Feb. 15, 2012
Michael Osterholm, internationally known epidemiologist and science advisor to state and national government agencies, will speak at Luther College on Thursday, Feb. 23 about his avocation: restoration and protection of the cold water trout streams of the Driftless Plains Region of northeast Iowa and southeast Minnesota.
Osterholm will speak at 9:40 a.m. in Room 206 of the Valders Science Hall on the Luther campus. Titled "A Perspective on the Future of Coldwater Stream Restoration in the Driftless Area," the program is open to the public with no charge for admission.
Best known for his work as director of the Center for Infectious Disease Research and Policy at the University of Minnesota, Osterholm has done extensive restoration work on Brook Creek, a cold-water trout stream on property he owns in Allamakee County, Iowa. A native of Waukon, Iowa, he is an active member of northeast Iowa's Driftless Chapter of Trout Unlimited.
Sponsored by the Luther biology department, Osterholm's presentation at Luther will provide students and area residents with insights on how well designed and successful restoration projects have implications for dealing with erosion damage along the region's waterways, including the Upper Iowa River which flows through the Luther campus. The college and the Decorah community have been damaged by major flood events three times in the past 20 years, and coldwater stream restorations in the region's watersheds can significantly affect flood events.
Osterholm's restoration work on Brook Creek was the focus of a feature published in the Cedar Rapids (Iowa) Gazette "Green Gazette" edition in November 2011. Orlan Love environmental reporter for the Gazette described the seven-year Brook Creek project that transformed a "ditch through a cornfield" into a tall grass prairie stream that now supports a population of brook trout, Iowa's only native species of trout
In addition to his duties as director of CIDRAP, Osterholm is a professor in the University of Minnesota Division of Environmental Health Sciences, School of Public Health, and an adjunct professor in the UM Medical School. He is also a member of the Institute of Medicine (IOM) of the National Academy of Sciences and the Council of Foreign Relations.
In 2005 he was appointed to the newly established National Science Advisory Board on Biosecurity. In 2008 he was appointed to the World Economic Forum Working Group on Pandemics.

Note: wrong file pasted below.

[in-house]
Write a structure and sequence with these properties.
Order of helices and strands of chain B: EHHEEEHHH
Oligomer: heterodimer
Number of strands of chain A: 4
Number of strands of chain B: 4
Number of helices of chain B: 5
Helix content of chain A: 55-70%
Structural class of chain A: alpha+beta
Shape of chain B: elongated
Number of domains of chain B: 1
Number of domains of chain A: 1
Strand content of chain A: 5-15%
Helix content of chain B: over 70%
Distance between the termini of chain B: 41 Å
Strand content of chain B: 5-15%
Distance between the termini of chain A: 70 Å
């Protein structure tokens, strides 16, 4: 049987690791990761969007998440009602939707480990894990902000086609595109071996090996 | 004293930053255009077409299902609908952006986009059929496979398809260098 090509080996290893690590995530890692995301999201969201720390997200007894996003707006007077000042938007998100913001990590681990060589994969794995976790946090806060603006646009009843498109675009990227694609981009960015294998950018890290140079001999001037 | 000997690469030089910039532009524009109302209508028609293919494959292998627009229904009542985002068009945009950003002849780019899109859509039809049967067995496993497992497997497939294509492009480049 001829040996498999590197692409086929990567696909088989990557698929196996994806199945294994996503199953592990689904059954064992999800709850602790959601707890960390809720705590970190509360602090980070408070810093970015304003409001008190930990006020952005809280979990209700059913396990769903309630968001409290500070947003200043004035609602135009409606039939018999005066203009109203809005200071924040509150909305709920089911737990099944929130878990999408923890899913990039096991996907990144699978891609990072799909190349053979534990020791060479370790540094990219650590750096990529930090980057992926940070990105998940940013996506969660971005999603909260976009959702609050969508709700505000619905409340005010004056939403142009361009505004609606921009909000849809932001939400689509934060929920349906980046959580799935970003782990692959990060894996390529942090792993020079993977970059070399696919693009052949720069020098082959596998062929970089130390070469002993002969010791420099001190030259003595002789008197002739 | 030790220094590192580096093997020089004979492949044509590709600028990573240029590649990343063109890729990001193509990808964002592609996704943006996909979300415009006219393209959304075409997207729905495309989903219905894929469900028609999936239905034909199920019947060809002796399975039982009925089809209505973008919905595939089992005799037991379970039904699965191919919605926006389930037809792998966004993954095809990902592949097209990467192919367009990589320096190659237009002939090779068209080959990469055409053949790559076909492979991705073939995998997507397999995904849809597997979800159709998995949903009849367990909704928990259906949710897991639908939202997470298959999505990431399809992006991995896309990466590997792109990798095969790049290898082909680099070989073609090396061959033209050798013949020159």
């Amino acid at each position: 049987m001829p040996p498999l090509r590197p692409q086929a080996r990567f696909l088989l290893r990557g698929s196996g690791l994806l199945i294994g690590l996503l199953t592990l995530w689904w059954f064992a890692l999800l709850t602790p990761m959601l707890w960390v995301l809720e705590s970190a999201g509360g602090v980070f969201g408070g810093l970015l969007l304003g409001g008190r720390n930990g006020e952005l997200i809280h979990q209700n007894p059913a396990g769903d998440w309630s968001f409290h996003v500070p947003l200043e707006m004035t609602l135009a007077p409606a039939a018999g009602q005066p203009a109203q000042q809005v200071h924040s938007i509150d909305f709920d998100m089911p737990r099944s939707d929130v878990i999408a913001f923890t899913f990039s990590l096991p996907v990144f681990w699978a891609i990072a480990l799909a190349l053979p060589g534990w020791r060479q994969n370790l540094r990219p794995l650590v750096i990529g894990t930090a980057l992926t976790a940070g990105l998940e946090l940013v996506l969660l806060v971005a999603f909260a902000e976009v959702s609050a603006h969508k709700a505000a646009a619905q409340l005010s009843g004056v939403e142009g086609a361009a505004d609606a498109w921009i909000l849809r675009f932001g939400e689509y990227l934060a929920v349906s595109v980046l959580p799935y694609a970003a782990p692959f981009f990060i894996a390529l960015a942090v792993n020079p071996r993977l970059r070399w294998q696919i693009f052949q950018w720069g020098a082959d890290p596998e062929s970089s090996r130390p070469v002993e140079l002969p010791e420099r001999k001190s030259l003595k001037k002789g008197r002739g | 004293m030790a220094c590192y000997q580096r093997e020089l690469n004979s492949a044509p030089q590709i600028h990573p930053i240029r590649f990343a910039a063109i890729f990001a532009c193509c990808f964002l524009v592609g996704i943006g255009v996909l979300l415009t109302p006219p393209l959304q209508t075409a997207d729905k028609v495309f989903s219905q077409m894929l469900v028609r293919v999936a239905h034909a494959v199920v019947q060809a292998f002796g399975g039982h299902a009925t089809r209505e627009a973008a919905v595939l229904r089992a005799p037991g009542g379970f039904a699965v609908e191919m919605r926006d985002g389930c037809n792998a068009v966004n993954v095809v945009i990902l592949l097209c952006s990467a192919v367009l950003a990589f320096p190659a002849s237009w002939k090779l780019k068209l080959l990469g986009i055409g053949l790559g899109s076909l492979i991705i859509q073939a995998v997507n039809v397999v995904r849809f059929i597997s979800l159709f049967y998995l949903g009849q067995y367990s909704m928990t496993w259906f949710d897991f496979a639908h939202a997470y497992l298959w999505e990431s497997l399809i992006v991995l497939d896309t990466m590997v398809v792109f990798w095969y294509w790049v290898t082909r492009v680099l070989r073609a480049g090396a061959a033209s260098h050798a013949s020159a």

From 2001-05 Osterholm served as a special advisor to the U.S. Department of Health and Human Services on issues related to bioterrorism and public health preparedness. He was also appointed to the Secretary's Advisory Council on Public Health Preparedness.
Previously, Osterholm served 24 years in various roles at the Minnesota Department of Health, the last 15 as state epidemiologist and chief of the Acute Disease Epidemiology Section. While at the MDH, Osterholm and his team were leaders in the area of infectious disease epidemiology.
Osterholm has been an international leader in preparedness for an influenza pandemic. He has also been an international leader on the growing concern regarding the use of biological agents as catastrophic weapons targeting civilian populations. He provides a review of America's state of preparedness for a bioterrorism attack in his New York Times best-selling book "Living Terrors: What America Needs to Know to Survive the Coming Bioterrorist Catastrophe."
The author of more than 315 papers and abstracts, including 21 book chapters, Osterholm is a frequently lecturer on the topic of epidemiology of infectious diseases.
He is a frequent consultant to the World Health Organization, the National Institutes of Health, the Food and Drug Administration, the Department of Defense, and the CDC. He is a fellow of the American College of Epidemiology and the Infectious Diseases Society of America.